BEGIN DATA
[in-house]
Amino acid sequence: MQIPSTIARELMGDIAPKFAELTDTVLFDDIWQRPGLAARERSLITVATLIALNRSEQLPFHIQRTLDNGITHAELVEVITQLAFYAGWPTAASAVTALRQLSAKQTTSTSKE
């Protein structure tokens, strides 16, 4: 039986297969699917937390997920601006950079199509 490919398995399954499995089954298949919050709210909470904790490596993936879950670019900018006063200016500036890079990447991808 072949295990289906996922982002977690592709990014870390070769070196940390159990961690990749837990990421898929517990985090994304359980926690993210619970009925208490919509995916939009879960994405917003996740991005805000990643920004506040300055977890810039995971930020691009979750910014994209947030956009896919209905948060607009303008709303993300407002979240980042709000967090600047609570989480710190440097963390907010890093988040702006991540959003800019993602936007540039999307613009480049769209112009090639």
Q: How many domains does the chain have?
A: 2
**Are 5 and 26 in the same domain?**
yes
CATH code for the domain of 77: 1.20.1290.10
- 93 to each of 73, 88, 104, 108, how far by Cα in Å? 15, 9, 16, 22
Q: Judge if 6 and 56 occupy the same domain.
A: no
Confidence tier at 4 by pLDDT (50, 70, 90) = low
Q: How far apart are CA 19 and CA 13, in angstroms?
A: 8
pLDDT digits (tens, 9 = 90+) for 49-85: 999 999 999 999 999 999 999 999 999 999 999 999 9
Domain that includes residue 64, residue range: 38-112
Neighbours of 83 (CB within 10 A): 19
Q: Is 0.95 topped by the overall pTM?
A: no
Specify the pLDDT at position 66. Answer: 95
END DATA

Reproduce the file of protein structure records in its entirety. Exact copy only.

[in-house]
Amino acid sequence: MQIPSTIARELMGDIAPKFAELTDTVLFDDIWQRPGLAARERSLITVATLIALNRSEQLPFHIQRTLDNGITHAELVEVITQLAFYAGWPTAASAVTALRQLSAKQTTSTSKE
């Protein structure tokens, strides 16, 4: 039986297969699917937390997920601006950079199509 490919398995399954499995089954298949919050709210909470904790490596993936879950670019900018006063200016500036890079990447991808 072949295990289906996922982002977690592709990014870390070769070196940390159990961690990749837990990421898929517990985090994304359980926690993210619970009925208490919509995916939009879960994405917003996740991005805000990643920004506040300055977890810039995971930020691009979750910014994209947030956009896919209905948060607009303008709303993300407002979240980042709000967090600047609570989480710190440097963390907010890093988040702006991540959003800019993602936007540039999307613009480049769209112009090639």
Q: How many domains does the chain have?
A: 2
**Are 5 and 26 in the same domain?**
yes
CATH code for the domain of 77: 1.20.1290.10
- 93 to each of 73, 88, 104, 108, how far by Cα in Å? 15, 9, 16, 22
Q: Judge if 6 and 56 occupy the same domain.
A: no
Confidence tier at 4 by pLDDT (50, 70, 90) = low
Q: How far apart are CA 19 and CA 13, in angstroms?
A: 8
pLDDT digits (tens, 9 = 90+) for 49-85: 999 999 999 999 999 999 999 999 999 999 999 999 9
Domain that includes residue 64, residue range: 38-112
Neighbours of 83 (CB within 10 A): 19
Q: Is 0.95 topped by the overall pTM?
A: no
Specify the pLDDT at position 66. Answer: 95